Pharmaceutical and healthcare companies invest a great deal of time and money in commissioning research to address their insight gaps. The process often results in a suboptimal return on investment (ROI) due to faulty communication and inefficient documentation of insights. Amit Sheinholtz, Senior Associate User Experience Consultant and Elisa del Galdo, Head of Customer Experience discuss common pitfalls of the negative insight lifecycle and how to avoid them.
The right kind of insight can help pharmaceutical and healthcare companies to be truly customer-centered and data-driven. It can provide a holistic understanding of customers and different aspects of their lives that likely affect their interaction with the business. For example, met and unmet needs, how they think and feel, what they value most, and what drives their decision-making process.
That’s why collecting the right data and extracting the right insight to inform your actions can show you how to best address real customer needs seamlessly.
Turning data into insight
There is still some confusion around the difference between data and insight. At Blue Latitude Health, we define data as the raw and often unprocessed evidence, which normally takes the form of numbers and text.
Insights are extracted through the process of data analysis. We interpret the data with the context and objective of its use in mind to draw conclusions and form meaningful, actionable ‘nuggets’ – insights.
The insight you extract from your data shouldn’t be ‘static’, or a single-use, onetime view of your customers, regardless of whether they are healthcare professionals, patients or caregivers. Your customers evolve; the landscape and context in which they operate changes, and so should your insight. In that regard, even the fact that your insights are changing (or not) is a valuable insight in itself.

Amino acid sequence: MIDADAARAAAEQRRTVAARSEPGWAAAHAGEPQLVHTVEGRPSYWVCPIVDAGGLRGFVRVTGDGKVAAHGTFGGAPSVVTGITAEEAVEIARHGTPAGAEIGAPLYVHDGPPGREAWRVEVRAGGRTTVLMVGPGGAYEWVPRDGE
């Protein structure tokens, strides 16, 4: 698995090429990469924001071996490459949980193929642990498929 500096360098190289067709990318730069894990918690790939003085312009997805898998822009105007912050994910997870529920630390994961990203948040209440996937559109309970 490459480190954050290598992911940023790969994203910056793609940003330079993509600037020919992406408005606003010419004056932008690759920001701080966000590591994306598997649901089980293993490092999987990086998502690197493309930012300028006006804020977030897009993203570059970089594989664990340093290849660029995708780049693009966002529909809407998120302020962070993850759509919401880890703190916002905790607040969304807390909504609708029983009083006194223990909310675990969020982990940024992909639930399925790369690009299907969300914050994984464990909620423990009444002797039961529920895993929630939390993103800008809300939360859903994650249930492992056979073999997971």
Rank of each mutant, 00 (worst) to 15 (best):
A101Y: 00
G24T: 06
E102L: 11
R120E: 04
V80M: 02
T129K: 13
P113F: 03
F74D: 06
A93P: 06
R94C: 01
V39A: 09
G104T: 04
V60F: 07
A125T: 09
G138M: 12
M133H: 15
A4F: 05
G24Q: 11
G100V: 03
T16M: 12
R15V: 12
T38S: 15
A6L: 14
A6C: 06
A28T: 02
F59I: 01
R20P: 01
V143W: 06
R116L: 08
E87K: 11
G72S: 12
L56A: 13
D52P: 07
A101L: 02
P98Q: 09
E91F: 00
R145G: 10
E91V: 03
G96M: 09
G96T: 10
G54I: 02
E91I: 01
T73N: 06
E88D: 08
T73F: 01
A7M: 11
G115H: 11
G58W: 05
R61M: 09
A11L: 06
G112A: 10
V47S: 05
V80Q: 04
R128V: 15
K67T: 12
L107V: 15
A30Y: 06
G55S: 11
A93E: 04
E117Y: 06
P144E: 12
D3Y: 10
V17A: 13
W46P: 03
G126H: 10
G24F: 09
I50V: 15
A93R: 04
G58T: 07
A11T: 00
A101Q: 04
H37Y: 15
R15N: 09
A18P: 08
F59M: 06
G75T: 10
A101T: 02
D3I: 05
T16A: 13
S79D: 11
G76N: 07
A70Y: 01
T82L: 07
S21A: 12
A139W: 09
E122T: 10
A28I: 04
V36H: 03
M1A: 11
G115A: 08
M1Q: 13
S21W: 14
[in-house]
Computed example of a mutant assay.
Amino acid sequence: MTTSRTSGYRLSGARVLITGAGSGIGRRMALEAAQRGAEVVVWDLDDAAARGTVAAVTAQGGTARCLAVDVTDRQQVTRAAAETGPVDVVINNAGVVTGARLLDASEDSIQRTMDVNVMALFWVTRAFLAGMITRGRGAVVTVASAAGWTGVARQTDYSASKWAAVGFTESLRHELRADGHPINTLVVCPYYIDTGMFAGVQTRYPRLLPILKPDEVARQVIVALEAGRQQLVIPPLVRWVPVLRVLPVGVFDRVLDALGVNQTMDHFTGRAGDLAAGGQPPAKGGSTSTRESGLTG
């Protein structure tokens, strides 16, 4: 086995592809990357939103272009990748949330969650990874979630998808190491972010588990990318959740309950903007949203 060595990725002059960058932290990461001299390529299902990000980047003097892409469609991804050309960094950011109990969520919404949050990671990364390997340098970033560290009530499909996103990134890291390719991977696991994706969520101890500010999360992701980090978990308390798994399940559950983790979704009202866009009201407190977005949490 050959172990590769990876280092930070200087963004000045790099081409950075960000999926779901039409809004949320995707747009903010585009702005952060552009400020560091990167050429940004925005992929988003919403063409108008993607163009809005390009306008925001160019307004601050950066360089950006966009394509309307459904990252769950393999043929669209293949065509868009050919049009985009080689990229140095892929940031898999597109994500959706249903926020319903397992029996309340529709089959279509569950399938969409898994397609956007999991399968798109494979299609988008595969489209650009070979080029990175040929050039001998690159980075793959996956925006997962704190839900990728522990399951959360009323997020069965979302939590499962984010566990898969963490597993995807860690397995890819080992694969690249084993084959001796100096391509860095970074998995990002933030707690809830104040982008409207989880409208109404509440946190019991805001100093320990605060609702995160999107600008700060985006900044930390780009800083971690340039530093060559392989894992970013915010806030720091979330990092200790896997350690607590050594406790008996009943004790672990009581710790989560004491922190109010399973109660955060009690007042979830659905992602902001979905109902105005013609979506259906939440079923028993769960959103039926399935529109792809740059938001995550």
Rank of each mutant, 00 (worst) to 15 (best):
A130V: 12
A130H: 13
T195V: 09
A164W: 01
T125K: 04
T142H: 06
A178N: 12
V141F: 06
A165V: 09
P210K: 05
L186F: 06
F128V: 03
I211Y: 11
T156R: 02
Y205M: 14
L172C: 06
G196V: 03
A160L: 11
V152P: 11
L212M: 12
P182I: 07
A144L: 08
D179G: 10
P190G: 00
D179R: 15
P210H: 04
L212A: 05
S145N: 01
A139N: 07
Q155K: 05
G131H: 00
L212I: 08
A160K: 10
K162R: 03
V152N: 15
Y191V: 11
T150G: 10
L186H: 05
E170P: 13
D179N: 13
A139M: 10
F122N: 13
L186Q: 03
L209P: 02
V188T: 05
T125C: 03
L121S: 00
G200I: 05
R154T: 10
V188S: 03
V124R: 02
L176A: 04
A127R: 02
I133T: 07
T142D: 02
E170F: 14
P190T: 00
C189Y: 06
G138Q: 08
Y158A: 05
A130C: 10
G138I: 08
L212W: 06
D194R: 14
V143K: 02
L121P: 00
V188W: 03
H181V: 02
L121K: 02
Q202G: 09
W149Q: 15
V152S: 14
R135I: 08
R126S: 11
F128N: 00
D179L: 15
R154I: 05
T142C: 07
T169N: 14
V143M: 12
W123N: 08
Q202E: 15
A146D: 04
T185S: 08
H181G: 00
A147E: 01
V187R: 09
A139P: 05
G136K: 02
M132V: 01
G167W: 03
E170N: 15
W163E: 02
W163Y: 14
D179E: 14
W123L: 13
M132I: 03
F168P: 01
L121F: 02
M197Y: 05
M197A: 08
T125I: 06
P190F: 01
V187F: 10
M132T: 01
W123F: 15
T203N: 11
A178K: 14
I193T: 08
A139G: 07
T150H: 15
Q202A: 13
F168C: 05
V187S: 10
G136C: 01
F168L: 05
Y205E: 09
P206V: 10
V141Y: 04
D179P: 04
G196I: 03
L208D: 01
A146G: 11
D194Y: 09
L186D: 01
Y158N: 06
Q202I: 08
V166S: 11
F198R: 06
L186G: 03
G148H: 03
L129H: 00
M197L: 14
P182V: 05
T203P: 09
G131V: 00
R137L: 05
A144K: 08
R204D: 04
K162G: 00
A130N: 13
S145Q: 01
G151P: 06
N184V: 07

Falling into the negative insight lifecycle
Generating insight is often expensive, which means it is essential to ensure the insights commissioned in one project can drive future strategies. However, in many cases, the ROI of the commissioned research is suboptimal. This is due to the negative insight lifecycle – a trap pharmaceutical and healthcare companies often fall into. This cycle results in insight are difficult to communicate, easily disregarded or stored somewhere on a server and forgotten.
The six steps of lost insight
- Someone or something triggers a need for more data or insight.
- A research project is designed to meet the needs of the current objective, timeline and budget, and then commissioned.
- Research is executed and data are collected.
- The raw data are analyzed and reduced into lots of Post-its that get thrown away in the process of writing a report or documenting. The insight ‘nuggets’ on these Post-its become lost; and, instead of a lifecycle, the process becomes a linear dead-end.
- Sometimes, the attained insights ‘advance’ from their Post-it form to a Word, Excel or PowerPoint report. The report is presented, then stored on a server and never revisited – another linear dead-end.
- On some occasions, the insights are visualized using graphic representations, such as personas, customer journeys or storyboards. These visualizations are printed, presented and end up in the bin.
Moving towards a positive insight lifecycle
There are a few measures that can be taken to ensure your insight remains valuable, relevant, accessible and up-to-date – the positive insight lifecycle.